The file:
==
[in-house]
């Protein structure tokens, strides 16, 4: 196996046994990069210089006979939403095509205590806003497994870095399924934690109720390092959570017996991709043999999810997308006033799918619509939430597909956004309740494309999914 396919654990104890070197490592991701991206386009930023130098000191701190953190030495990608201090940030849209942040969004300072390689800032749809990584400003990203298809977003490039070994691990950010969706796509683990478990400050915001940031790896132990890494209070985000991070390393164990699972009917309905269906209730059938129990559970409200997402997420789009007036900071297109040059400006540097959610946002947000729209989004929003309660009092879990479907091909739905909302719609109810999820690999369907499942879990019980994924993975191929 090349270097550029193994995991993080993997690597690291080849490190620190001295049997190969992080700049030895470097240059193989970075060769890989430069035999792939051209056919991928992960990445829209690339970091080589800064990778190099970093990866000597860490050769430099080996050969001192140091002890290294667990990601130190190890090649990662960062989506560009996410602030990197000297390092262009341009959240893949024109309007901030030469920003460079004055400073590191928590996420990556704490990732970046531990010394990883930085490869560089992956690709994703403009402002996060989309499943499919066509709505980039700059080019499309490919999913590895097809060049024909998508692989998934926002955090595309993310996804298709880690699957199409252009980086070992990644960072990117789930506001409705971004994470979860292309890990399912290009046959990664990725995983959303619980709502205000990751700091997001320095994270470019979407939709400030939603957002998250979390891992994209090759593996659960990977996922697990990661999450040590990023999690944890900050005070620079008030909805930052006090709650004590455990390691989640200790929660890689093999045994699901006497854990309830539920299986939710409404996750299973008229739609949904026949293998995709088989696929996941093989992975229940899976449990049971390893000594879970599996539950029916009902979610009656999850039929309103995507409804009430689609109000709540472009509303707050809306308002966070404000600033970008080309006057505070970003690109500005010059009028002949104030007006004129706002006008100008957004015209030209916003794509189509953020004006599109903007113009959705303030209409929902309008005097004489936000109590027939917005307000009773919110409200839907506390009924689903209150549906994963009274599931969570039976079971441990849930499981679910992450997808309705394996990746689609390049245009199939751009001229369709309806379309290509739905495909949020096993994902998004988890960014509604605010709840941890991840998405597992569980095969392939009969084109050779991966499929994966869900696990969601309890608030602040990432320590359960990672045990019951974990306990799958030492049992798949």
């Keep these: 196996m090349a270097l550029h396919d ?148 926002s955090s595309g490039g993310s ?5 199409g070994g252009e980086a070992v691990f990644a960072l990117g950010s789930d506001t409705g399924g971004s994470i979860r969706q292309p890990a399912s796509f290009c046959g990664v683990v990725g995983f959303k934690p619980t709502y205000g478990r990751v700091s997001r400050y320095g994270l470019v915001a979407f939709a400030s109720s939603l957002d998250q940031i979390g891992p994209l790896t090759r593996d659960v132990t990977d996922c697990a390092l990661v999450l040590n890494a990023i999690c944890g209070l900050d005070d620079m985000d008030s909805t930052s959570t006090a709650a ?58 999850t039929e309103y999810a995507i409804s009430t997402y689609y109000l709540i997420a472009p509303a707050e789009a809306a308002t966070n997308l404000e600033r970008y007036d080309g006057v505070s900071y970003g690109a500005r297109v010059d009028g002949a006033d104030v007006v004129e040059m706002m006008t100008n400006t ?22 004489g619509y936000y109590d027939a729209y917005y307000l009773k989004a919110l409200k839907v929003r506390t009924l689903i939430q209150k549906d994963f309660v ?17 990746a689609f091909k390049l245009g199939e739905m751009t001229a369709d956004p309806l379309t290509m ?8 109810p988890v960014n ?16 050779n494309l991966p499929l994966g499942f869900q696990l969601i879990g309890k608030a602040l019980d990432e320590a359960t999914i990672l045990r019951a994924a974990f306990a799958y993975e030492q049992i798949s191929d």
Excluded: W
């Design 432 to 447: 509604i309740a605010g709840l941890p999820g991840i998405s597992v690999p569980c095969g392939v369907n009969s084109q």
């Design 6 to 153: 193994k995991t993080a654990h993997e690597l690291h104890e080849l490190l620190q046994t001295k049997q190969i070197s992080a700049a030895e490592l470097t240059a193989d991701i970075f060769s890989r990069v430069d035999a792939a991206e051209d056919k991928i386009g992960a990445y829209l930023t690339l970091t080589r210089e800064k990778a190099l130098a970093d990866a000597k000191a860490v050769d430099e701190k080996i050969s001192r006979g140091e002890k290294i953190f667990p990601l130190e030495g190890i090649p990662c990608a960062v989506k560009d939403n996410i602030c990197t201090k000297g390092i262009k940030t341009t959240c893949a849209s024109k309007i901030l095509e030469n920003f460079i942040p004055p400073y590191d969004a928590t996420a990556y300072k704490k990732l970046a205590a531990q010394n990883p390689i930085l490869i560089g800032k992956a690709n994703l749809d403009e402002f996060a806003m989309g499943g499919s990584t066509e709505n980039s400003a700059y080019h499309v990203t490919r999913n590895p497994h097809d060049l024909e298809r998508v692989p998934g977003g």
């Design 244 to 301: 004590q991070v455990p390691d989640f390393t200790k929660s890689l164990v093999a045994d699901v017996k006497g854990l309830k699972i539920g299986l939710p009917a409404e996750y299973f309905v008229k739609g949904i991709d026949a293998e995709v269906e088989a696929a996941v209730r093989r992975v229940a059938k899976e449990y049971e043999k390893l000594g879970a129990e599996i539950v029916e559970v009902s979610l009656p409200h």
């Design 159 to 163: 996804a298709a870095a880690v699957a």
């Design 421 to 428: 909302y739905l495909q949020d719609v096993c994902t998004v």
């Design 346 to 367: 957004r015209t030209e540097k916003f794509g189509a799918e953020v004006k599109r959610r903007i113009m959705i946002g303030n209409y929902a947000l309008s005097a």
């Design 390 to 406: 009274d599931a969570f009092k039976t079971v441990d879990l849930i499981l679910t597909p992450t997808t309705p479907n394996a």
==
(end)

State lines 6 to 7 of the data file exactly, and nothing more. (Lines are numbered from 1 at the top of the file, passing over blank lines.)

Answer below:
């Design 6 to 153: 193994k995991t993080a654990h993997e690597l690291h104890e080849l490190l620190q046994t001295k049997q190969i070197s992080a700049a030895e490592l470097t240059a193989d991701i970075f060769s890989r990069v430069d035999a792939a991206e051209d056919k991928i386009g992960a990445y829209l930023t690339l970091t080589r210089e800064k990778a190099l130098a970093d990866a000597k000191a860490v050769d430099e701190k080996i050969s001192r006979g140091e002890k290294i953190f667990p990601l130190e030495g190890i090649p990662c990608a960062v989506k560009d939403n996410i602030c990197t201090k000297g390092i262009k940030t341009t959240c893949a849209s024109k309007i901030l095509e030469n920003f460079i942040p004055p400073y590191d969004a928590t996420a990556y300072k704490k990732l970046a205590a531990q010394n990883p390689i930085l490869i560089g800032k992956a690709n994703l749809d403009e402002f996060a806003m989309g499943g499919s990584t066509e709505n980039s400003a700059y080019h499309v990203t490919r999913n590895p497994h097809d060049l024909e298809r998508v692989p998934g977003g």
């Design 244 to 301: 004590q991070v455990p390691d989640f390393t200790k929660s890689l164990v093999a045994d699901v017996k006497g854990l309830k699972i539920g299986l939710p009917a409404e996750y299973f309905v008229k739609g949904i991709d026949a293998e995709v269906e088989a696929a996941v209730r093989r992975v229940a059938k899976e449990y049971e043999k390893l000594g879970a129990e599996i539950v029916e559970v009902s979610l009656p409200h």